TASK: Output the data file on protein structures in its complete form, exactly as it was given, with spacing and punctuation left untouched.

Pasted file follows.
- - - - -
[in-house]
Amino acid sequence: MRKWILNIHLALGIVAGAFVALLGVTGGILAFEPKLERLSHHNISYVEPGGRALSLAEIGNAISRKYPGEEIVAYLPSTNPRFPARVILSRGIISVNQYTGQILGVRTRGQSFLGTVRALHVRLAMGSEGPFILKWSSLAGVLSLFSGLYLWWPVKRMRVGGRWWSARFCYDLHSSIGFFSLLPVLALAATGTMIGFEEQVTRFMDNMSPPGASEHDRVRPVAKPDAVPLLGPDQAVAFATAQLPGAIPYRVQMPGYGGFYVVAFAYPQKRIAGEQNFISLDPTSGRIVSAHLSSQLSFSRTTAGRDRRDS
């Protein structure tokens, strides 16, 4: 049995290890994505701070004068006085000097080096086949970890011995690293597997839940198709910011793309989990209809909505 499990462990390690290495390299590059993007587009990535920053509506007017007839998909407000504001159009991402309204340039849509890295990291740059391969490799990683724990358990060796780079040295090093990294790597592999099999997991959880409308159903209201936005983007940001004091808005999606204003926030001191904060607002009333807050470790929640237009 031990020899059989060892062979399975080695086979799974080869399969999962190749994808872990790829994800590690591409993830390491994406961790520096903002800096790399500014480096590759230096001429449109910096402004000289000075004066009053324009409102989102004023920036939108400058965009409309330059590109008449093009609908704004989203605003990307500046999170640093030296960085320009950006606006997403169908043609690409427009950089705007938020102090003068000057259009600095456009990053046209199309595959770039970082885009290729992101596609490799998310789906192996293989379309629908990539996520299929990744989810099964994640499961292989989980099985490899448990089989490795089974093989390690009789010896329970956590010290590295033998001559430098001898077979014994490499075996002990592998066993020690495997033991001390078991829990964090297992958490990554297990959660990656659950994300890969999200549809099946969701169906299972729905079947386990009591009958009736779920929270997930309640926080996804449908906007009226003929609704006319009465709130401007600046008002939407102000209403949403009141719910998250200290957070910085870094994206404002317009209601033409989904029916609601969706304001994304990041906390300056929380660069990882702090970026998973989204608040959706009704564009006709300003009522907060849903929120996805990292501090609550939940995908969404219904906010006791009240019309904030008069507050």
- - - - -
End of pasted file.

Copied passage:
[in-house]
Amino acid sequence: MRKWILNIHLALGIVAGAFVALLGVTGGILAFEPKLERLSHHNISYVEPGGRALSLAEIGNAISRKYPGEEIVAYLPSTNPRFPARVILSRGIISVNQYTGQILGVRTRGQSFLGTVRALHVRLAMGSEGPFILKWSSLAGVLSLFSGLYLWWPVKRMRVGGRWWSARFCYDLHSSIGFFSLLPVLALAATGTMIGFEEQVTRFMDNMSPPGASEHDRVRPVAKPDAVPLLGPDQAVAFATAQLPGAIPYRVQMPGYGGFYVVAFAYPQKRIAGEQNFISLDPTSGRIVSAHLSSQLSFSRTTAGRDRRDS
């Protein structure tokens, strides 16, 4: 049995290890994505701070004068006085000097080096086949970890011995690293597997839940198709910011793309989990209809909505 499990462990390690290495390299590059993007587009990535920053509506007017007839998909407000504001159009991402309204340039849509890295990291740059391969490799990683724990358990060796780079040295090093990294790597592999099999997991959880409308159903209201936005983007940001004091808005999606204003926030001191904060607002009333807050470790929640237009 031990020899059989060892062979399975080695086979799974080869399969999962190749994808872990790829994800590690591409993830390491994406961790520096903002800096790399500014480096590759230096001429449109910096402004000289000075004066009053324009409102989102004023920036939108400058965009409309330059590109008449093009609908704004989203605003990307500046999170640093030296960085320009950006606006997403169908043609690409427009950089705007938020102090003068000057259009600095456009990053046209199309595959770039970082885009290729992101596609490799998310789906192996293989379309629908990539996520299929990744989810099964994640499961292989989980099985490899448990089989490795089974093989390690009789010896329970956590010290590295033998001559430098001898077979014994490499075996002990592998066993020690495997033991001390078991829990964090297992958490990554297990959660990656659950994300890969999200549809099946969701169906299972729905079947386990009591009958009736779920929270997930309640926080996804449908906007009226003929609704006319009465709130401007600046008002939407102000209403949403009141719910998250200290957070910085870094994206404002317009209601033409989904029916609601969706304001994304990041906390300056929380660069990882702090970026998973989204608040959706009704564009006709300003009522907060849903929120996805990292501090609550939940995908969404219904906010006791009240019309904030008069507050």